Twiggy turns 62 on Monday. Known mostly for her mod, androgynous look of the ’60s, the style icon was one of fashion’s first supermodels. She returned to fashion somewhat as a judge on America’s Next Top Model, but left in 2007. Also a singer, she is working on a new album of ballad covers due in November.
Mars entering Leo inflates energy and egos, and trine to Uranus in Aries, will lead to unexpected results. Stubborn assertion will lead to wacky disasters. Be bold, but adaptive and humble for best results.
VIRGO Aug 23-Sep 22
Self-consciousness leads you to fashion disasters. Play with a new look where nobody except a trusted friend can to see it, just so you can be satisfied that it is indeed wrong for you.
LIBRA Sep 23-Oct 22
Domestic victories make you cocky. Better to offer an olive branch and build reconciliation. Don’t dread the cake with all those candles. Focus on accomplishments and goals.
SCORPIO Oct 23-Nov 21
Count on your friends to help you get ahead. Keep your eyes open to colleagues who might double-cross you. Don’t worry: A rude surprise can prove a blessing in disguise.
SAGITTARIUS Nov 22-Dec 20
Teamwork gets anything accomplished, so be attentive to those who can make or break your efforts. They’re inclined to support you, but they want credit and generally deserve it.
CAPRICORN Dec 21-Jan 19
Focus on your career and getting ahead. You can focus on your goals with little interference. The boss is about to take notice and is likely to be very supportive. Just let your work speak for itself.
AQUARIUS Jan 20-Feb 18
Connect with older, well-educated people. You can learn a lot and get a clearer idea of your direction in life. You can’t help but say the wrong thing to your partner, but you’ll be fine.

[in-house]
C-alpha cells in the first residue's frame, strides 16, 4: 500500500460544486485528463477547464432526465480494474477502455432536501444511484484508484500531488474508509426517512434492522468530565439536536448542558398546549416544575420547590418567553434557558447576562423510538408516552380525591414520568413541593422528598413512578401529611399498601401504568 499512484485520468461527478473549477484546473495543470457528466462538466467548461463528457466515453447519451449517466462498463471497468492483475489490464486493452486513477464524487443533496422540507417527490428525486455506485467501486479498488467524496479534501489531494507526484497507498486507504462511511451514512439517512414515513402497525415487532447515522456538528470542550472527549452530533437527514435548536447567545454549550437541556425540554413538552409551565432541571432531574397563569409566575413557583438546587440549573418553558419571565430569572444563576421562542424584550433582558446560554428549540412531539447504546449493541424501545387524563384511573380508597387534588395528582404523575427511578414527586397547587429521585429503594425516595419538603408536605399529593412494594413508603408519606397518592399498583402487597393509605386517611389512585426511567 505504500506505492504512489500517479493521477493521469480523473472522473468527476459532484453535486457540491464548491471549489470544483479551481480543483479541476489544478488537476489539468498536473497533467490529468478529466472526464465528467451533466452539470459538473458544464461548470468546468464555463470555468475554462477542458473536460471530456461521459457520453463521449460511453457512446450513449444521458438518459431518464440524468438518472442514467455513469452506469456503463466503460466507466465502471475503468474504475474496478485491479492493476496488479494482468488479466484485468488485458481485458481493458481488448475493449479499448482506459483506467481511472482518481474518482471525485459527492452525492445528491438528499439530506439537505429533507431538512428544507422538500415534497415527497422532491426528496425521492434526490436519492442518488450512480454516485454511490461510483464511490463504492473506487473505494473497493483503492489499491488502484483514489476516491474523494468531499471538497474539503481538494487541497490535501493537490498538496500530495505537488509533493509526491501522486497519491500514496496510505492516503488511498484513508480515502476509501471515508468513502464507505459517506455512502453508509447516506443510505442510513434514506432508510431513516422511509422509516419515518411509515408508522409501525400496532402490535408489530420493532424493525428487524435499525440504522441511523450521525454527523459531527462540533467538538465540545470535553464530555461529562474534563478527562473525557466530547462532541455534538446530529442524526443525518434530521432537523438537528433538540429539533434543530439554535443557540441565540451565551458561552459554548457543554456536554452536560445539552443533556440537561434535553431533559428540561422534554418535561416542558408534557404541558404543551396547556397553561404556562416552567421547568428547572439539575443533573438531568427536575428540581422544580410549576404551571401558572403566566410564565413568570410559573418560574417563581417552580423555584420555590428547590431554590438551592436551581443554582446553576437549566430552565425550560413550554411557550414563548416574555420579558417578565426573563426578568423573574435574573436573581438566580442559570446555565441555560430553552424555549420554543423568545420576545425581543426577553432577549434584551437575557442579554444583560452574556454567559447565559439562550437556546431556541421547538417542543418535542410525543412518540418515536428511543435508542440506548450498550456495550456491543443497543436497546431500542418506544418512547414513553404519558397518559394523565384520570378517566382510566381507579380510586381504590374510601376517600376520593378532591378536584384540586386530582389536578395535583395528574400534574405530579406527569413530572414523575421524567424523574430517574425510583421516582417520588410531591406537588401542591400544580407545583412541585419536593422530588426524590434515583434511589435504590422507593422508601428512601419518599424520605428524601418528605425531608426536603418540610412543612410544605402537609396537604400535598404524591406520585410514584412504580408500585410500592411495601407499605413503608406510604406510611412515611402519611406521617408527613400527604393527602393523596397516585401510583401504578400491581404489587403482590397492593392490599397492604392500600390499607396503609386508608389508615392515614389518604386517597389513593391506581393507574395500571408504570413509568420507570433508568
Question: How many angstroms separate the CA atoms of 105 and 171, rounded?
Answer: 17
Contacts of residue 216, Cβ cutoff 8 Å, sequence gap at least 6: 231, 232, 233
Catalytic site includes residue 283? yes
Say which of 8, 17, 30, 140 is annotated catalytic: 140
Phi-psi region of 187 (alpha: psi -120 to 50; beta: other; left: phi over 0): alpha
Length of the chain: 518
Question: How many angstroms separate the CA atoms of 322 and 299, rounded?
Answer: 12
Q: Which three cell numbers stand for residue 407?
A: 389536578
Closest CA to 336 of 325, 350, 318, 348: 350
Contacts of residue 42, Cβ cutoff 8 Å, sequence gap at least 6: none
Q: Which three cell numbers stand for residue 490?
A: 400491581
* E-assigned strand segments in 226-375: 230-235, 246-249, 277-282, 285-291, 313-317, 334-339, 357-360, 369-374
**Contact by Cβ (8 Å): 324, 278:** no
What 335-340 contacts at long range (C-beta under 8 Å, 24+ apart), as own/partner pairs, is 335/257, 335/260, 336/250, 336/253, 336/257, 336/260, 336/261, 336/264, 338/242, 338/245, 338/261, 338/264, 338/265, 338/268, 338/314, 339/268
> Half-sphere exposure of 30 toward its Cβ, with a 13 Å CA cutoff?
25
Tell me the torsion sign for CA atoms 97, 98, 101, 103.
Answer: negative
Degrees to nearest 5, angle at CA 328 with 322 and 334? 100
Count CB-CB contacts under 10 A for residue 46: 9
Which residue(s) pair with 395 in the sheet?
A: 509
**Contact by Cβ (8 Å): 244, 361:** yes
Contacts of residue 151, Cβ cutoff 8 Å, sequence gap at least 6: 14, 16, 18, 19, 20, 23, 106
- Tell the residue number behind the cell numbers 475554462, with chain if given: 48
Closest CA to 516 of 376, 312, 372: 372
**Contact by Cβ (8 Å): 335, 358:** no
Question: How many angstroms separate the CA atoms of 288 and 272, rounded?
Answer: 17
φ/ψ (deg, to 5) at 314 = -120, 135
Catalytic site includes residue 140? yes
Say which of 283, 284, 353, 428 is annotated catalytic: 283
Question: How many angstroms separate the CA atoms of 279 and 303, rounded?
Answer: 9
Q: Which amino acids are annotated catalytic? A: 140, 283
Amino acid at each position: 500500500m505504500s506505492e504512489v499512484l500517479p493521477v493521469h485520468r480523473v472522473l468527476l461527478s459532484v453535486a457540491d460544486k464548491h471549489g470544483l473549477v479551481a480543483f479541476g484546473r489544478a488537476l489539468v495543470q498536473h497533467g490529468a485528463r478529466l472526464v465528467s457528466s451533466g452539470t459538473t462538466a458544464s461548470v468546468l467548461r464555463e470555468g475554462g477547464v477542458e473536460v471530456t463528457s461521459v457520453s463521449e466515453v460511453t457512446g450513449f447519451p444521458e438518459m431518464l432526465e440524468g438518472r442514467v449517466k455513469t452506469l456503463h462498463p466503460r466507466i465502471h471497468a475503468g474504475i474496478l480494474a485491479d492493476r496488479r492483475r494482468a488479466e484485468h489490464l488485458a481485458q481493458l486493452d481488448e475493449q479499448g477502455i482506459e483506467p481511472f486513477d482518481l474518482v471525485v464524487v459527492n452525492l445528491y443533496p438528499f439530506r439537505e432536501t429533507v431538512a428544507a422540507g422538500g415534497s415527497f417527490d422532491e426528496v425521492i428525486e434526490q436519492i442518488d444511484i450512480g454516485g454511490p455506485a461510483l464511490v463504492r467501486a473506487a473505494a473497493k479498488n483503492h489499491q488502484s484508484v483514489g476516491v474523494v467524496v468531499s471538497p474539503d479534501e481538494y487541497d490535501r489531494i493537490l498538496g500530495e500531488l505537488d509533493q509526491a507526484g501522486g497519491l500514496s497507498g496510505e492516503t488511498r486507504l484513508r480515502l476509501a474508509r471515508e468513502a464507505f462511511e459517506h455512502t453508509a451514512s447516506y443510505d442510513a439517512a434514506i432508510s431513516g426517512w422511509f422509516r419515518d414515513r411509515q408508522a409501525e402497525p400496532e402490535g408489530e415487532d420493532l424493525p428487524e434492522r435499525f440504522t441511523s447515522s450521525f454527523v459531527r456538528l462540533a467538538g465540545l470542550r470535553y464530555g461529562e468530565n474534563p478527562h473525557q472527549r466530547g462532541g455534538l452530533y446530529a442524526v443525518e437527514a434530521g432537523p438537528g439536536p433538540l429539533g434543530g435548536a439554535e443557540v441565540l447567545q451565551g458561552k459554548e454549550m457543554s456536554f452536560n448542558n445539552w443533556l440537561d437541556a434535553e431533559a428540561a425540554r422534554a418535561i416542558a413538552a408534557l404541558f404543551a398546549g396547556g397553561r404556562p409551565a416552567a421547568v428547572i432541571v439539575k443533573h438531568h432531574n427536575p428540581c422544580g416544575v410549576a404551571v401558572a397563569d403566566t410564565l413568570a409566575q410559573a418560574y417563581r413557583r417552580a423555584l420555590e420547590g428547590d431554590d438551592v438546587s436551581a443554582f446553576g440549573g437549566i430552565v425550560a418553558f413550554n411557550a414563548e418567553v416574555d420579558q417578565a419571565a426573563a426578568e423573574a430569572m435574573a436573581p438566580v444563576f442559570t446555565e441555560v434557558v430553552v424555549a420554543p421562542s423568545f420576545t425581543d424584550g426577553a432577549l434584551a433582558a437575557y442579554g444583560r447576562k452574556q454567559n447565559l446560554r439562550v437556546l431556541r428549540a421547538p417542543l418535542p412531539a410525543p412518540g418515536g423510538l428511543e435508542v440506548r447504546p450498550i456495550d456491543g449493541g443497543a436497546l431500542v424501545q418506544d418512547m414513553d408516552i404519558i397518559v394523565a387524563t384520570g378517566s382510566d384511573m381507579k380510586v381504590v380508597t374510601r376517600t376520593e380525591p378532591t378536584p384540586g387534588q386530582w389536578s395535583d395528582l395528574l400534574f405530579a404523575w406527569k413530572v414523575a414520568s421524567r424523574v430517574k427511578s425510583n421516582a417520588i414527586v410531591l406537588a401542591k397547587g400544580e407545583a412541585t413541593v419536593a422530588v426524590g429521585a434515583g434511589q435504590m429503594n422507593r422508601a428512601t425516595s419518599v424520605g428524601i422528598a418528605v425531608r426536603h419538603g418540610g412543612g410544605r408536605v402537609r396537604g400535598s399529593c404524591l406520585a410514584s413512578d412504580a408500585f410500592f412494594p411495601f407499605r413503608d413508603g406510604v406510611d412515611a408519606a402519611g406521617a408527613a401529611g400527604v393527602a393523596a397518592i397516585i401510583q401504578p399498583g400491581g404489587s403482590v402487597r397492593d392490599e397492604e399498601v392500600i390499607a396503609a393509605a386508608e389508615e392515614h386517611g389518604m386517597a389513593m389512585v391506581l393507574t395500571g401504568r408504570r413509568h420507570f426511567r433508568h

PISCES Feb 19-Mar 19
Even sweet, affable chatter can get annoying. Staying between the extremes is your biggest challenge. Lean to the quiet side. Letting them wonder will arouse more interest in you.
ARIES Mar 20-Apr 19
You want to have fun, but work demands time and energy. Getting boisterous upsets things and exposes resentments. It doesn’t matter if they’re jealous. Focus your energies productively.
TAURUS Apr 20-May 20
Be as productive as possible while your discipline and drive are especially sharp. Worries about the future are distractions. Just stay the course; keep putting one foot in front of the other.
GEMINI May 21-Jun 20
The coming social season puts you in greater demand. Fix up your home now to be ready for company then. Friends’ one-upmanship will throw you off your game. Ignore it.
CANCER Jun 21-Jul 22
Social opportunities abound. You’re happier at home with your dearest and nearest, and some of your favorite recipes, but get out and develop connections. They’ll serve you well.
LEO Jul 23-Aug 22
Your state of mind changes more than your finances, but you can relax. Your energy is cranking up and leads you into interesting adventures. Look for new ideas, not arguments!